Former Vice President Joe Biden hasn't even announced a 2020 presidential campaign yet, but he might already have a running mate in mind.
Biden's advisers are considering the idea of pledging to pick former Georgia House Minority Leader Stacey Abrams, who lost the close 2018 Georgia gubernatorial election to Brian Kemp, as his running mate upon launching his campaign, Axios reports.
CNN had reported on Monday that Biden was considering selecting a running mate early, and Abrams' name came immediately to mind, especially because Biden and Abrams met last week, although CNN reports they didn't "formally" discuss the idea of her serving as vice president.
The thinking behind this pick would be to show that Biden "isn't just another old white guy," a source told Axios. Abrams was the first black woman to be a major party's nominee for governor. She's also more than three decades younger than Biden.
Still, some advisers are reportedly opposed to the idea, recognizing that it would be seen as a gimmick, Axios reports. It's unclear how Biden himself feels about the plan. Meanwhile, The New York Times is also reporting that Abrams is being considered as an early choice for running mate, with Sen. Kamala Harris (D-Calif.) and former congressman Beto O'Rourke being other possibilities "if their campaigns appear to flag in the coming months."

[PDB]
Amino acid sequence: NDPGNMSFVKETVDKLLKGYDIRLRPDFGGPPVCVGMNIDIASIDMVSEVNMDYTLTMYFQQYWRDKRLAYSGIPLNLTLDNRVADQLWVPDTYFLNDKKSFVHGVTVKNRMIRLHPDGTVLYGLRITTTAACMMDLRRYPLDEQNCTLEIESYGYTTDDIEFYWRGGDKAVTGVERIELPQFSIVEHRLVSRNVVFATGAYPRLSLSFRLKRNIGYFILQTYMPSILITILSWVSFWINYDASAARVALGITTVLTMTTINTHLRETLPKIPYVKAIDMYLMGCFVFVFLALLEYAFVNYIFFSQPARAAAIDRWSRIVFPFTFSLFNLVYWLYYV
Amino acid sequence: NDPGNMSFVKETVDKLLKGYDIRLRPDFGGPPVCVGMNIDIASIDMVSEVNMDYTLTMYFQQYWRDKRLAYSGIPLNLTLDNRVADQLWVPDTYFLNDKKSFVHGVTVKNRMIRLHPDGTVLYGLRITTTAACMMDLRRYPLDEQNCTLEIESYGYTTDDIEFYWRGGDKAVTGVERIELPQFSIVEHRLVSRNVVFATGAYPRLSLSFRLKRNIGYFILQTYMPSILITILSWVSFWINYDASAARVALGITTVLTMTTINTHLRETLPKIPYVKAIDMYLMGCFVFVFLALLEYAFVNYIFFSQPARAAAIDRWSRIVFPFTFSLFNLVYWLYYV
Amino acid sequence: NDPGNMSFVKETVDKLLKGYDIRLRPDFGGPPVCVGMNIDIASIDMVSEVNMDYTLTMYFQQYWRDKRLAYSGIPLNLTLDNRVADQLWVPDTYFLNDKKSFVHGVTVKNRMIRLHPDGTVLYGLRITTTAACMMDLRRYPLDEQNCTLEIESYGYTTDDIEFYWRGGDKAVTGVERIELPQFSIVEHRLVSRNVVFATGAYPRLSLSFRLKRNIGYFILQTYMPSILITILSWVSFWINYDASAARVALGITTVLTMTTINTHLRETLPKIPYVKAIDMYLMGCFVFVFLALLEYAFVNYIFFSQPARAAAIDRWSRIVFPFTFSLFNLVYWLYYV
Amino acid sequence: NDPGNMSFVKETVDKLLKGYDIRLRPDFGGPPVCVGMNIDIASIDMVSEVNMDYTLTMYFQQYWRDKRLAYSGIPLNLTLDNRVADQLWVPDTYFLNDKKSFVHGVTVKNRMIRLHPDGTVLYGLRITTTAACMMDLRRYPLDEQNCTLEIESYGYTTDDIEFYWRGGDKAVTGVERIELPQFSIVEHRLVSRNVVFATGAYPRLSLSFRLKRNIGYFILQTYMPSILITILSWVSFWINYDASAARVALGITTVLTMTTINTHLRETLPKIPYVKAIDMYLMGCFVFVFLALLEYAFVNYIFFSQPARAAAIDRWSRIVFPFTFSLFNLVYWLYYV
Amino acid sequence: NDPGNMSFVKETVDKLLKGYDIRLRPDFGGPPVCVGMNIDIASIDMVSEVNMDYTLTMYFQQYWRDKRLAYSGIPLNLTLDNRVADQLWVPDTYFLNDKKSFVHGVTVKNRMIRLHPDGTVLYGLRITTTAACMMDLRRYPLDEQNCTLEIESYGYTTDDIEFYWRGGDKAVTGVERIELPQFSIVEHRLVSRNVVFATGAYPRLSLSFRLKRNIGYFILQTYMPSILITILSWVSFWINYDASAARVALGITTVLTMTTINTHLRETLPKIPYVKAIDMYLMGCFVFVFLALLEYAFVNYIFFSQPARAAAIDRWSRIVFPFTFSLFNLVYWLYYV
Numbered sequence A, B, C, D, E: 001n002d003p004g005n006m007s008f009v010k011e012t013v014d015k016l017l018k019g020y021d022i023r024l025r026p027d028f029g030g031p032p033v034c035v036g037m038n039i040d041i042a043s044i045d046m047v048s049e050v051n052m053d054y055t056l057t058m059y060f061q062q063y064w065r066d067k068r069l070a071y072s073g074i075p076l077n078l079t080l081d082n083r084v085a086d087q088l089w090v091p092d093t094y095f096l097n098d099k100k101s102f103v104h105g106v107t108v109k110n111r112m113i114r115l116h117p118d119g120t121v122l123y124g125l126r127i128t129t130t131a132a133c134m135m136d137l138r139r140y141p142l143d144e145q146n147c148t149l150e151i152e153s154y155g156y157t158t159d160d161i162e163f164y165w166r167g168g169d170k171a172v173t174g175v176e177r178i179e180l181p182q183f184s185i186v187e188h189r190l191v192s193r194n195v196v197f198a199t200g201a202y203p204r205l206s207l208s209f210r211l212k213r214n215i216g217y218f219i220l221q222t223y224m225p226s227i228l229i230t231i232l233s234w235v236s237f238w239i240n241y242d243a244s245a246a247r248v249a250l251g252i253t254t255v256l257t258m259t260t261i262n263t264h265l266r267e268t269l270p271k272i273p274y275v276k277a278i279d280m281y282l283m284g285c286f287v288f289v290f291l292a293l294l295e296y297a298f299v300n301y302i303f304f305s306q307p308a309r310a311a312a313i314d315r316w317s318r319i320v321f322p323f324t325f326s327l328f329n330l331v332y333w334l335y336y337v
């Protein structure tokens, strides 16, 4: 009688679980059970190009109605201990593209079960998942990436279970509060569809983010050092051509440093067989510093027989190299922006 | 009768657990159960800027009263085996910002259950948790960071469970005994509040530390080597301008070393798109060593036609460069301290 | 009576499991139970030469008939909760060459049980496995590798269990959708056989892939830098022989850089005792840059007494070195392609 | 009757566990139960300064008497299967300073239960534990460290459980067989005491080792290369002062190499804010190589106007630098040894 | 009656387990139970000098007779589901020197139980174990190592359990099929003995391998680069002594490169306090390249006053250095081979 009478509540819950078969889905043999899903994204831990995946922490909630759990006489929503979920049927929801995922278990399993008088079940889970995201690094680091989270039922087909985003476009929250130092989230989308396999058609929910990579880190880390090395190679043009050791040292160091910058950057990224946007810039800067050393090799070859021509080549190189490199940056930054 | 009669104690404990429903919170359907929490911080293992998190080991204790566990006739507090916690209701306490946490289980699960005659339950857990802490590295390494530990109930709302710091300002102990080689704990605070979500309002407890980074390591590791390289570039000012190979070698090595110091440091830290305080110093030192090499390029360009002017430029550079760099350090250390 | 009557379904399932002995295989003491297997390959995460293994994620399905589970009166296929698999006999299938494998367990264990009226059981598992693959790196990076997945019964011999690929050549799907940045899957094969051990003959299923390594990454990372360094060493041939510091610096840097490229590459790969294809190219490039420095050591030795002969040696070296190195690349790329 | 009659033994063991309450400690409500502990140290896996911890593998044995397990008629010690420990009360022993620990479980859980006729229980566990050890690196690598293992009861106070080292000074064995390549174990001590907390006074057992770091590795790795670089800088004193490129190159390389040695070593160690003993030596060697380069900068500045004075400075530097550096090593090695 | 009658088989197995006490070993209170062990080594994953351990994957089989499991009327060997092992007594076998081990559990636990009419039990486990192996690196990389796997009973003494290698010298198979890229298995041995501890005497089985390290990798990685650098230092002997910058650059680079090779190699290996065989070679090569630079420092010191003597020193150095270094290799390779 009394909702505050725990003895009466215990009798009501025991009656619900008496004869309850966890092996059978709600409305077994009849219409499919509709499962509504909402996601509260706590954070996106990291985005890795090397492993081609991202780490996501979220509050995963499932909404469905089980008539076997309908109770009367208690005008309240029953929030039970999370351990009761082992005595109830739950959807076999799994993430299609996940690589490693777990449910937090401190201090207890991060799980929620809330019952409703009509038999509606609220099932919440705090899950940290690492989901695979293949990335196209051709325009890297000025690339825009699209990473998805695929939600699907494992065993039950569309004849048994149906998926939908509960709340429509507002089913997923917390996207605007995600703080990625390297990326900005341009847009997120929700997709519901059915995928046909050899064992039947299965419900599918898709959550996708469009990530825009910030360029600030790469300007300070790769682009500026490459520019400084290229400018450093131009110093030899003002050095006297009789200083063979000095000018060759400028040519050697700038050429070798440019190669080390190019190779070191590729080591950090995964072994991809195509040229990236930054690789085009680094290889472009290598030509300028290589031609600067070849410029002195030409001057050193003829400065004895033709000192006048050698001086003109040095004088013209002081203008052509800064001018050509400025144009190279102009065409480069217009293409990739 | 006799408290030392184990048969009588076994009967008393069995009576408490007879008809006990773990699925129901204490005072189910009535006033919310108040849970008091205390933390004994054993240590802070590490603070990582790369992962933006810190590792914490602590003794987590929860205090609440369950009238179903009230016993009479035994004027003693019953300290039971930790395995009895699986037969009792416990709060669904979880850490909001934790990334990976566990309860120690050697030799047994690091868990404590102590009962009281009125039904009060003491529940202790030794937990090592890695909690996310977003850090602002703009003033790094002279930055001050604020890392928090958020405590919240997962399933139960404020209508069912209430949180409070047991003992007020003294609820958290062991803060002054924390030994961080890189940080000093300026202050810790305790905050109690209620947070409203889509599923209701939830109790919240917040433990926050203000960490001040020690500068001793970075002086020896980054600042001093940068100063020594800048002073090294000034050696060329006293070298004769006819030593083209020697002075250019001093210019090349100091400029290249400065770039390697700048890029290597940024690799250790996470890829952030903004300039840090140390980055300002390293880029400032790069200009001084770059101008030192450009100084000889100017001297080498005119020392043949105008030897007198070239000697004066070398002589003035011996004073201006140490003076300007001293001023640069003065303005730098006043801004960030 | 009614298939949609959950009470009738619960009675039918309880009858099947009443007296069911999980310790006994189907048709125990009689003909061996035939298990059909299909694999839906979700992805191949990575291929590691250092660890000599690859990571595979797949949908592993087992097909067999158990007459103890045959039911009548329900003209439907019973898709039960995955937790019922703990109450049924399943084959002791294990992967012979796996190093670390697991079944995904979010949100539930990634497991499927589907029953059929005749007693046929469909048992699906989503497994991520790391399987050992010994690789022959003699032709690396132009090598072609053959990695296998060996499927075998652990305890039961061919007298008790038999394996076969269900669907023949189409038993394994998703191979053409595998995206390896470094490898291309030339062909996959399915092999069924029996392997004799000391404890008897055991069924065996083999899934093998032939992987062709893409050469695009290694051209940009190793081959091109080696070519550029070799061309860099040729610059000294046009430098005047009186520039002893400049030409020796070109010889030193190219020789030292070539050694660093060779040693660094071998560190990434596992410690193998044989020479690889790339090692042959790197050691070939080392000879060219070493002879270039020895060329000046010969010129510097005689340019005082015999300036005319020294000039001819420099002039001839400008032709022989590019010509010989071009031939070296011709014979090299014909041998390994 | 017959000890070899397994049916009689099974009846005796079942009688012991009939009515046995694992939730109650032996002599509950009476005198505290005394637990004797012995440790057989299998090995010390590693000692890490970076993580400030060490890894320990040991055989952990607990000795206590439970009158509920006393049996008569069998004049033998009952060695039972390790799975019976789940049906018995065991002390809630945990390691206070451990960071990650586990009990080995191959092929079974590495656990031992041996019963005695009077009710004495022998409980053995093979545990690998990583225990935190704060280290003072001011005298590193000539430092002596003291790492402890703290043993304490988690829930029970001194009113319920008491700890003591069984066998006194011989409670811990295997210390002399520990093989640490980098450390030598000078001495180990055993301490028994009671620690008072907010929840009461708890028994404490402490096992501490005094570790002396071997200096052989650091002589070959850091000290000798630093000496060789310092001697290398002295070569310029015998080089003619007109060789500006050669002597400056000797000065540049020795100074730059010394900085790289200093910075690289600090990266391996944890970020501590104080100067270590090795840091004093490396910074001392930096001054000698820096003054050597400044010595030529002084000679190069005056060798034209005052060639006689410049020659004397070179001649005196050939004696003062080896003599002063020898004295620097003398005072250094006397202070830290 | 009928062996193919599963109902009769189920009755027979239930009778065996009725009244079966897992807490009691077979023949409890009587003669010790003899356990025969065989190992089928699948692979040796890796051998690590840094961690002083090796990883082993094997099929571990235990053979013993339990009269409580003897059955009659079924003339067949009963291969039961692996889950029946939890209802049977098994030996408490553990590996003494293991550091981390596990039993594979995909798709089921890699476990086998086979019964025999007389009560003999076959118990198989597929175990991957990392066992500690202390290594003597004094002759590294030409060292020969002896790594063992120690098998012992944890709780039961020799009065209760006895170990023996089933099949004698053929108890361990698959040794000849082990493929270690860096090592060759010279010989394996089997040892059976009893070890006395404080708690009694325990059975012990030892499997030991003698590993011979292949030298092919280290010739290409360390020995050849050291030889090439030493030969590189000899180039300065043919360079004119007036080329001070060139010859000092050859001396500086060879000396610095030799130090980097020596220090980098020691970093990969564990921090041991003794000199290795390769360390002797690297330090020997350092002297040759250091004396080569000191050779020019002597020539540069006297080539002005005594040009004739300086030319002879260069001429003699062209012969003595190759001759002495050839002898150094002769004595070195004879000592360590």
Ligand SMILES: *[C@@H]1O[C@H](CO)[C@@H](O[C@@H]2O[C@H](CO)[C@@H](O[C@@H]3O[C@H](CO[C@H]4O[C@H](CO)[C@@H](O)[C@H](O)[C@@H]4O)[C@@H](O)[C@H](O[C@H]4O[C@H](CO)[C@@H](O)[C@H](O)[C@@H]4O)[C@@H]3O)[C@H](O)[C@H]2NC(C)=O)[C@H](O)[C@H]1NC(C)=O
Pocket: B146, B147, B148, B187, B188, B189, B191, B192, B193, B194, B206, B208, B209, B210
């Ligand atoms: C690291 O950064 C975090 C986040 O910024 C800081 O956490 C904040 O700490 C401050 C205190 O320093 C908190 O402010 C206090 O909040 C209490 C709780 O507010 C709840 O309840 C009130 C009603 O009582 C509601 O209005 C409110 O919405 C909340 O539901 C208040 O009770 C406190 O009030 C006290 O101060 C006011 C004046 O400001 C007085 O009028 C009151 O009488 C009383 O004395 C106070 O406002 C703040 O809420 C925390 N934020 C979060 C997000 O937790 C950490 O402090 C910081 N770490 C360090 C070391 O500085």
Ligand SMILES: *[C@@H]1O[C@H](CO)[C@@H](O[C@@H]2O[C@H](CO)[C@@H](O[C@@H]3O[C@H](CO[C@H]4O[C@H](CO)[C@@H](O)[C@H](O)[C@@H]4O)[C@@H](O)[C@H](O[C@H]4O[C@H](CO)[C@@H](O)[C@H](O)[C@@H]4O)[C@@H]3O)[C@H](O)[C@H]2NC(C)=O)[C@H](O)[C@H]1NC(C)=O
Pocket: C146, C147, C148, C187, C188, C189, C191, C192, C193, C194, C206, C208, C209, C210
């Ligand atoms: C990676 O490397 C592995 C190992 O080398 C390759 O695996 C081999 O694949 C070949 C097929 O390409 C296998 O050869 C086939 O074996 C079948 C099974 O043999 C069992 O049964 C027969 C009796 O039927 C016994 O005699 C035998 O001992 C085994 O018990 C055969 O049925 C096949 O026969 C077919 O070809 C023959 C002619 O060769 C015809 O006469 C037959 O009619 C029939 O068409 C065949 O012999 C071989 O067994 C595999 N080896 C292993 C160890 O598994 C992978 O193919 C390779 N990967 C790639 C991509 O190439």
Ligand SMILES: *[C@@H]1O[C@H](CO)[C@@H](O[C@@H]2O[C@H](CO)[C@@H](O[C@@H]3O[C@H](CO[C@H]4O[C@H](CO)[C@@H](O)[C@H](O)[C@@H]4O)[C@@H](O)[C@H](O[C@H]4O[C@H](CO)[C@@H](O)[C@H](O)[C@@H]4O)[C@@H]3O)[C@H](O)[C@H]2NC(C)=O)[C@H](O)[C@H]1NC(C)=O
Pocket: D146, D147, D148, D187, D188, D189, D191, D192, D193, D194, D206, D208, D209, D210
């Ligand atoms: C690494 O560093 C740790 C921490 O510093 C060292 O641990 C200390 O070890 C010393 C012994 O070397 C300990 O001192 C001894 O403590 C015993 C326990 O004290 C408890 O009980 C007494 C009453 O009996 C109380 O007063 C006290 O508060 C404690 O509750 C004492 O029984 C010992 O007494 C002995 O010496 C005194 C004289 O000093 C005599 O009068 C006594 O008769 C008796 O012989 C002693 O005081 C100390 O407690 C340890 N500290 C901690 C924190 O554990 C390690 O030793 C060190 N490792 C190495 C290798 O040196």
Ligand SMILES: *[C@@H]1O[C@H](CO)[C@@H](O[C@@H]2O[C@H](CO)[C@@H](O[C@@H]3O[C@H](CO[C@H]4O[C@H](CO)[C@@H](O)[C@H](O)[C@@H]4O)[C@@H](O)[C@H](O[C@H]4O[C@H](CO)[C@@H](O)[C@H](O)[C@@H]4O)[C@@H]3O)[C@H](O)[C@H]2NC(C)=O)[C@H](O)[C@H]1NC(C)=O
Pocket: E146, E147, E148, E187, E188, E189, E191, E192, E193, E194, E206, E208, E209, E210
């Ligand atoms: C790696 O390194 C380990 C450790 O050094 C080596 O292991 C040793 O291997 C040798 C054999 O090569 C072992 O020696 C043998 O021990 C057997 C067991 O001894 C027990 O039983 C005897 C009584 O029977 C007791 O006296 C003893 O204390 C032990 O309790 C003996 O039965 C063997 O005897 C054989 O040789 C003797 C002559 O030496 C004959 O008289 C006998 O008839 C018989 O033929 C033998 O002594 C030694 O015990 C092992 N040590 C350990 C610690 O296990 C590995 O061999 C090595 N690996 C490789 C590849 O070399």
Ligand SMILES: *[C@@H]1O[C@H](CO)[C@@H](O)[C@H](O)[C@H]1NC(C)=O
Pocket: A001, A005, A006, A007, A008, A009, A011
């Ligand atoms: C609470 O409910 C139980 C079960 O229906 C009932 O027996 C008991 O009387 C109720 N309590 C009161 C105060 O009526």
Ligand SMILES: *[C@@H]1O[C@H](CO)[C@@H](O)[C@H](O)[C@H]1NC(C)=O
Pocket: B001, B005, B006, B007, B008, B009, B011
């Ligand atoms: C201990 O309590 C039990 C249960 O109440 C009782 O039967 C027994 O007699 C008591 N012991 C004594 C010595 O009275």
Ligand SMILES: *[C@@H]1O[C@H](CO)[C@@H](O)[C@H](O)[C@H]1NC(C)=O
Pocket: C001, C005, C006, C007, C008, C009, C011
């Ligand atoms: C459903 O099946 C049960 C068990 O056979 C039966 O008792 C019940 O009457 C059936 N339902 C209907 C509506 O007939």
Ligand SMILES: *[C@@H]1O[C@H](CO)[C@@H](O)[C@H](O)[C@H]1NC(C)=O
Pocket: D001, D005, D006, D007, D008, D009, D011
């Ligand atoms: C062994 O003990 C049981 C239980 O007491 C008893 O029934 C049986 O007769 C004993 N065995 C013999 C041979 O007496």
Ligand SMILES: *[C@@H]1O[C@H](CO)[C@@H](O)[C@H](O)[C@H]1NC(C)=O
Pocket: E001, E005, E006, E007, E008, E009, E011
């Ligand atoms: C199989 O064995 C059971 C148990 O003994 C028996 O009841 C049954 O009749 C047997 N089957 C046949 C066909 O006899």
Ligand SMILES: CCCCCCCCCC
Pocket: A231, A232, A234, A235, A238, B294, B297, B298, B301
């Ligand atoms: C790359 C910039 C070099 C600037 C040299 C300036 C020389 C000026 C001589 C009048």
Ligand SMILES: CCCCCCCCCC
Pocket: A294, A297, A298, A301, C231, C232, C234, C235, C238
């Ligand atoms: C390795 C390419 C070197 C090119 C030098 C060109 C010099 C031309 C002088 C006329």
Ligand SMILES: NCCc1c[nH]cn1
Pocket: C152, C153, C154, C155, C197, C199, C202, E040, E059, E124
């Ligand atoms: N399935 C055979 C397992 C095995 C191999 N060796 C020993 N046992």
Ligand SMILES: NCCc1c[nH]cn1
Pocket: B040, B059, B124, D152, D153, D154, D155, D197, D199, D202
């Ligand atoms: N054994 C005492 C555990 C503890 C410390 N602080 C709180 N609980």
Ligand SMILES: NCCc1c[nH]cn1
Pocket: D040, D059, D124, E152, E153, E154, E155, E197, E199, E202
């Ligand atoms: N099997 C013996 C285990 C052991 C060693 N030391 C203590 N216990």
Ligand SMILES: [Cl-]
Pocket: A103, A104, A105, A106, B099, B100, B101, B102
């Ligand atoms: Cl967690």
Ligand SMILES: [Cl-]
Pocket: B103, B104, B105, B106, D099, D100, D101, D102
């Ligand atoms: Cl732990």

It's unusual for a presidential candidate to announce their pick for vice president before they've even locked up the nomination, though it did famously happen in 2016. In April 2016, three months before the Republican National Convention, Sen. Ted Cruz (R-Texas) announced former Hewlett-Packard CEO Carly Fiorina as his running mate pick in what was seen as a last-ditch effort to give his campaign a boost. Cruz dropped out of the race a week later. Brendan Morrow